What Can We Learn From Top Athletes?

In our professional lives we are often facing one urgent matter after another. Opportunities for rest and recovery are few and far between. Professional athletes are similarly faced with intense moments. However, professional athletes often have much more time built in for rest and recovery. Games and competitions are intermittently spaced with practices and off-seasons.

If you’re watching the Tour de France, you’ll appreciate that one of the things making it such a gruelling competition is the lack of recovery time between each stage. The business world can be a lot like the Tour de France. Each day brings a new mountain to climb in terms of tight deadlines, increased competitive pressures and new stresses. Rest and recovery periods (such as vacation days) are few and far between.

A Harvard Business Review article title The Making of a Corporate Athlete (2001; Loehr & Schwartz) highlighted the importance of rest and recovery for both professional athletes and corporate executives. The article argues that executives need to learn what world-class athletes already know: “recovering energy is as important as expending it.”

Extensive sports research tells us that to build a muscle we need to stress it to the point that the fibers begin to break down. This needs to be followed by an equally important recovery phase during which the muscle not only heals, but grows stronger. Loehr and Schwartz remind us that “chronic stress without recovery depletes energy reserves, leads to burnout/breakdown, and ultimately undermines performance.”

Physical activity, appropriate nutrition and adequate sleep are all critical to maintaining peak form. We all know that we need to make exercise a part of our everyday life. We also know that frequent, small nutritious snacks throughout the day are better than heavy large meals and high doses of caffeine. And finally, we know that it is important to get a full night’s sleep.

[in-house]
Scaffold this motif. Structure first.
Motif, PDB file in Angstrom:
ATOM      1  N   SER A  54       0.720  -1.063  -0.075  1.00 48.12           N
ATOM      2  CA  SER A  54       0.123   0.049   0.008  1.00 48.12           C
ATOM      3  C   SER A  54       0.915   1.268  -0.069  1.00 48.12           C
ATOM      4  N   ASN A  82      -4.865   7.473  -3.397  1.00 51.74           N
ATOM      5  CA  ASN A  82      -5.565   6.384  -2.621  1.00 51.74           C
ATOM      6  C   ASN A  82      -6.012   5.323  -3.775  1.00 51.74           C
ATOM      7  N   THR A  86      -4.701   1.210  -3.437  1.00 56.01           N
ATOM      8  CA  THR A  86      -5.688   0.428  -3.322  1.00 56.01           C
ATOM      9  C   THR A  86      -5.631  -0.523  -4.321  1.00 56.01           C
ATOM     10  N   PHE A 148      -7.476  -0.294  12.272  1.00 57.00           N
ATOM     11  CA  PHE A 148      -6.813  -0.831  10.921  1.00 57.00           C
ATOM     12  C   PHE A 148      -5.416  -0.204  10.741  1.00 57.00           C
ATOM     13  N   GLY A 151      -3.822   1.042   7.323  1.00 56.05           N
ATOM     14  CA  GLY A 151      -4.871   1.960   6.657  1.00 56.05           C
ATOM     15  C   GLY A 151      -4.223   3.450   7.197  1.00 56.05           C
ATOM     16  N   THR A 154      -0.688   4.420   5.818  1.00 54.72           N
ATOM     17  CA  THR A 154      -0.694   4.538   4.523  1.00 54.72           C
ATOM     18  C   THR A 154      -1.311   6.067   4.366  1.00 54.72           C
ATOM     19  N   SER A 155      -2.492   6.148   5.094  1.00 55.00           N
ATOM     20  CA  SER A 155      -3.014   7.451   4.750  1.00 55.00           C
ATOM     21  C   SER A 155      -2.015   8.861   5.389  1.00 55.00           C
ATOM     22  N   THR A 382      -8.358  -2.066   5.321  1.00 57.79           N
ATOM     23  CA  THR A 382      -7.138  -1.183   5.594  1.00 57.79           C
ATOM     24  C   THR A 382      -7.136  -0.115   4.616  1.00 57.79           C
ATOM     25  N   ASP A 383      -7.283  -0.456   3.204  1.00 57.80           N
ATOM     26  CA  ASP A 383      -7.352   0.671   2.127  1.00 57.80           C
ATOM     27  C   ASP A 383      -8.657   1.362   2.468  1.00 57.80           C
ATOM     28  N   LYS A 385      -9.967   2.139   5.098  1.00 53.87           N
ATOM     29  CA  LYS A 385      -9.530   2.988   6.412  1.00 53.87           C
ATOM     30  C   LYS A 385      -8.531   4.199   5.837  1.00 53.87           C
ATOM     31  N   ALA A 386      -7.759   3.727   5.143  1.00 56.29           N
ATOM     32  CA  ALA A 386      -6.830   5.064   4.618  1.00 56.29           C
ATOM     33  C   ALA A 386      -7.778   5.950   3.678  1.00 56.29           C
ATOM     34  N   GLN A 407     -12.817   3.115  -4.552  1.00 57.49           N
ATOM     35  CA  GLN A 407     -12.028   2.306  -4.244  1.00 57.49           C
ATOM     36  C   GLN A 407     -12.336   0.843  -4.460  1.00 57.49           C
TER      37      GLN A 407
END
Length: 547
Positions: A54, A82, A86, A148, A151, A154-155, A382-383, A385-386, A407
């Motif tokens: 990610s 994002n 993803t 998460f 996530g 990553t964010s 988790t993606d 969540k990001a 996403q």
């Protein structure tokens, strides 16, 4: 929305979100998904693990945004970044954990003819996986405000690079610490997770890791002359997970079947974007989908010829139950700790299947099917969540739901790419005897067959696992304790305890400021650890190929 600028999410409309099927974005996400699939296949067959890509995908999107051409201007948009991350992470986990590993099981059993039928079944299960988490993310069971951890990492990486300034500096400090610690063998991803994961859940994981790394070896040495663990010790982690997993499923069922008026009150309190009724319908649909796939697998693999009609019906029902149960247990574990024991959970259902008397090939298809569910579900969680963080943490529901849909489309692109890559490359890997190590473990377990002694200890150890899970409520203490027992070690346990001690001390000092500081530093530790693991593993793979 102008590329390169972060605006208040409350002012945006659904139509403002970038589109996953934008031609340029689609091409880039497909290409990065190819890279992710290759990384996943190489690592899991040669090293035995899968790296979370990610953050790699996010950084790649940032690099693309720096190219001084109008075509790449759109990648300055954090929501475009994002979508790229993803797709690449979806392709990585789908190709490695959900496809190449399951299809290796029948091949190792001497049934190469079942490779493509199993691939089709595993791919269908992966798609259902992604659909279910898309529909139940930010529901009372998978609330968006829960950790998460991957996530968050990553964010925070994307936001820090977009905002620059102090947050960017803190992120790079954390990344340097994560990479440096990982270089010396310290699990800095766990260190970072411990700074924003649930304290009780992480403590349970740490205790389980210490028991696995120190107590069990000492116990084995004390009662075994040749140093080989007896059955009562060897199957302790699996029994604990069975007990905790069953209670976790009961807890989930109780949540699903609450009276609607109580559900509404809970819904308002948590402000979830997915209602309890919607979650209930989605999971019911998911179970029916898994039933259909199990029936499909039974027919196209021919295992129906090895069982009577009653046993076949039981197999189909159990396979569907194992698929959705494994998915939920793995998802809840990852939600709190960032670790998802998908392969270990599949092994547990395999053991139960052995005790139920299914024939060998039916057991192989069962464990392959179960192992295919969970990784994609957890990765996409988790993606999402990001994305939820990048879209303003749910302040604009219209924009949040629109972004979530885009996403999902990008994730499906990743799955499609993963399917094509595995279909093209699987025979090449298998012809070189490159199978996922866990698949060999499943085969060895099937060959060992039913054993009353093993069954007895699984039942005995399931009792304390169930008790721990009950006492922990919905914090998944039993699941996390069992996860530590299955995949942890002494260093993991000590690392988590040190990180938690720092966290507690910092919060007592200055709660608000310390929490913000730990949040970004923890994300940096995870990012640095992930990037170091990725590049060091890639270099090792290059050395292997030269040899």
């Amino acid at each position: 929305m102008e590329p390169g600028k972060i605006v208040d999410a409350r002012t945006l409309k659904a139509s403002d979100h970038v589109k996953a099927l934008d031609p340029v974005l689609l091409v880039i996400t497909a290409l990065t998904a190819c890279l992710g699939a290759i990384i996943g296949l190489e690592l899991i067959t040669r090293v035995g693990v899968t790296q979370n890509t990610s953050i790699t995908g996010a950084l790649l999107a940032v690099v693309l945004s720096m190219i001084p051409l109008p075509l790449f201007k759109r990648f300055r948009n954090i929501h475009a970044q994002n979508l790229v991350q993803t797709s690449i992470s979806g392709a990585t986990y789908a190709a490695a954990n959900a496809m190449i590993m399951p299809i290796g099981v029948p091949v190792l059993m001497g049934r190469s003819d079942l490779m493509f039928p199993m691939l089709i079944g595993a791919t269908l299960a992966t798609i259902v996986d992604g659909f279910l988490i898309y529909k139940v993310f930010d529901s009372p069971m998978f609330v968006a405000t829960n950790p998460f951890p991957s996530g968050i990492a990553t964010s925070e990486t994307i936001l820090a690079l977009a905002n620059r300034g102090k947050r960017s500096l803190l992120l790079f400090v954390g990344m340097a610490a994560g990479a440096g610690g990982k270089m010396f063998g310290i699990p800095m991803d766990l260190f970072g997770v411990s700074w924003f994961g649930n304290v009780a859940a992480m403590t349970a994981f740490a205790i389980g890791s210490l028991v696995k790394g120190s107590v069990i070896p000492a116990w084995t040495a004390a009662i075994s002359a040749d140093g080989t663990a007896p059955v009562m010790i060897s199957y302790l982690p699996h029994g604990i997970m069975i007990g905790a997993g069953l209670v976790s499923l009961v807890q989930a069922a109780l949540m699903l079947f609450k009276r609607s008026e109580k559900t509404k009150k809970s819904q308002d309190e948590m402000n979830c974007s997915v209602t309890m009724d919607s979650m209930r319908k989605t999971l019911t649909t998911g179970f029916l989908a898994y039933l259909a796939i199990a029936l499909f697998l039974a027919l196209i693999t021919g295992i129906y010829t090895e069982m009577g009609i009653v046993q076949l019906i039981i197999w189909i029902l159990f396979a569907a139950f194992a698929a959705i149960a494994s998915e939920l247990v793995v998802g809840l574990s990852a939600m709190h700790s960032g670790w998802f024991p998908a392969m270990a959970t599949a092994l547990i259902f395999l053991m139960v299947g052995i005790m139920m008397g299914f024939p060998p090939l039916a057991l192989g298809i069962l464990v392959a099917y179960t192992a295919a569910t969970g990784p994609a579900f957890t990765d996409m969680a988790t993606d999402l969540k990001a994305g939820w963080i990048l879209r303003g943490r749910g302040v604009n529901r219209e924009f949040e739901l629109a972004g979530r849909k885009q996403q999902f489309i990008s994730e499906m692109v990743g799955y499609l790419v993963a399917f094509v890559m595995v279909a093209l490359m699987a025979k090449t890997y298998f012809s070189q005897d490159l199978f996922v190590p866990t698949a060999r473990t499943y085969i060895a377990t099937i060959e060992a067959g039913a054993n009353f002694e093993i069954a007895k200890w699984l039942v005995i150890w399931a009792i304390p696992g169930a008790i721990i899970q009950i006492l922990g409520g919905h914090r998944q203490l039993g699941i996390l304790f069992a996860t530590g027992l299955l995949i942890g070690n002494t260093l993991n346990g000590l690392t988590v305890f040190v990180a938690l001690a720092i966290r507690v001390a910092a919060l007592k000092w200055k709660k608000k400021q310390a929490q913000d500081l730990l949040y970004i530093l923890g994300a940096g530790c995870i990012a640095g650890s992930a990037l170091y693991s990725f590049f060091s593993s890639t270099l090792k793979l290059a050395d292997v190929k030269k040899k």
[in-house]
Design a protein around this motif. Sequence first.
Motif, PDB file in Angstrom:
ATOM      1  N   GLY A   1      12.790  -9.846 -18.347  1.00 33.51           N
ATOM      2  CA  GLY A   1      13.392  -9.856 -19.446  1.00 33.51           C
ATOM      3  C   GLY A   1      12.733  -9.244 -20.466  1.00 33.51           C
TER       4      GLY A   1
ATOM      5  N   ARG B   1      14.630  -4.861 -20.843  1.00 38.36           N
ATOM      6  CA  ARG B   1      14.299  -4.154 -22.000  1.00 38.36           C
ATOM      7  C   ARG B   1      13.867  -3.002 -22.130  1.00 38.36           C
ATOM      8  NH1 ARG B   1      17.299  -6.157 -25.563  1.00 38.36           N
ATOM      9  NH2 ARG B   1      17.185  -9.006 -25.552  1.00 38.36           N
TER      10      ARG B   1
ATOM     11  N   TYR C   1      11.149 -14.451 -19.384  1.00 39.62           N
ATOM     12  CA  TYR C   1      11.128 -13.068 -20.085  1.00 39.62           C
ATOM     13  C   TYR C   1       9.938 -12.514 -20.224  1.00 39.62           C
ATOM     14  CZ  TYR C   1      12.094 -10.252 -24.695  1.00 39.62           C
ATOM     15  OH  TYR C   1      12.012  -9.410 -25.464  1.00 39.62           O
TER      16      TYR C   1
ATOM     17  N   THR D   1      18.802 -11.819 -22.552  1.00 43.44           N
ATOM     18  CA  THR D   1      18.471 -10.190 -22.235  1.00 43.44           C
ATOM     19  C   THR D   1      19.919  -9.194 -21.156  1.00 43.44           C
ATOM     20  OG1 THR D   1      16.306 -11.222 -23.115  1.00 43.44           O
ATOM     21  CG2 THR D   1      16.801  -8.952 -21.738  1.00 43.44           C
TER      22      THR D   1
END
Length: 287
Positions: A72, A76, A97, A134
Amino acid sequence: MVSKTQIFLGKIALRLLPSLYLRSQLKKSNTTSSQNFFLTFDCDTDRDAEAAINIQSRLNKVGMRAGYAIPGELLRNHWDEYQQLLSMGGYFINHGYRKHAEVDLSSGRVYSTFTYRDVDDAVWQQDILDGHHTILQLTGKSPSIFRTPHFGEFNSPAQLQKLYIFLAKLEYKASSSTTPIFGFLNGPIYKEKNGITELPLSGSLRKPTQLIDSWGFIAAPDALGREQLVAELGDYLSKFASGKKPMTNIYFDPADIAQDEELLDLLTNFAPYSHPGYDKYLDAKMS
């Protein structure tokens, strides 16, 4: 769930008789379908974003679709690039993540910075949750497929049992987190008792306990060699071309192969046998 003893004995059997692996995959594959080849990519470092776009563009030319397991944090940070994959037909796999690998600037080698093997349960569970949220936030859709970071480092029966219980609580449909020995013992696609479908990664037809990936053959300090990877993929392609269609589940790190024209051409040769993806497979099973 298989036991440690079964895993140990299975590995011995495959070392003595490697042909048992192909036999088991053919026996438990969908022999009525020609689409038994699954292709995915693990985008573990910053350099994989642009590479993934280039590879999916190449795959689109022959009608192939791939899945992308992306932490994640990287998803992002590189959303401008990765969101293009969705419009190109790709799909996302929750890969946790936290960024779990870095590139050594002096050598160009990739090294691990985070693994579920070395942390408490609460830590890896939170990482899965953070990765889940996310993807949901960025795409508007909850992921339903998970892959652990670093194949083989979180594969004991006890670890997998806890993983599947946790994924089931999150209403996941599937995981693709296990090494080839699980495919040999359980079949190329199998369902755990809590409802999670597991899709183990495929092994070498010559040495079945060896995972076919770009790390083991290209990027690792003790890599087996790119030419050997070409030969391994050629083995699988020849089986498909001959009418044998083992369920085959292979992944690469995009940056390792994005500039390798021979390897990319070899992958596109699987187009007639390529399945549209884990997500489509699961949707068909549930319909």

Loehr and Schwartz recommend that executives “train in the same systematic, multilevel way that world class athletes do” and they validated this theory with research on thousands of executives. Executives who are performing at their best describe feeling “more relaxed, less resentful about relentless work demands, and able to work fewer hours while getting more done.” Now doesn’t that sound productive!

One of the executives Loehr and Schwartz worked with began incorporating a 1pm workout into her day. Consequently, this executive reported feeling “reenergized and better able to focus” during the afternoons when she would have otherwise been sluggish. She also reported that she was in a better mood and a better boss.

Another executive shifted his eating habits from heavy meals late in the day (resulting in poor sleep and feeling sluggish in the morning) to multiple lighter, more nutritious meals throughout the day. He also integrated a more consistent exercise routine into his week. He reported: “At the age of 59, I have more energy than ever, and I can sustain it for a longer period of time.” He also reported to be better able to deal with complex issues at work and people management.

So there you have it – nature’s way of boosting your productivity. As the summer months invite us into the great outdoors, I challenge you to find ways to use fitness, nutrition and sleep to optimize your productivity. Do you have specific time allocated for exercise each week? Are you surrounding yourself with healthy food options? Can you commit to finishing work at a specific time each day? (Note: many people who do this are surprised to realize how ingenious they can be in order to get their work done during the day).
Good luck and I’ll see you at the gym.

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By | 2017-07-08T15:50:14+00:00 July 20th, 2006|Management|0 Comments

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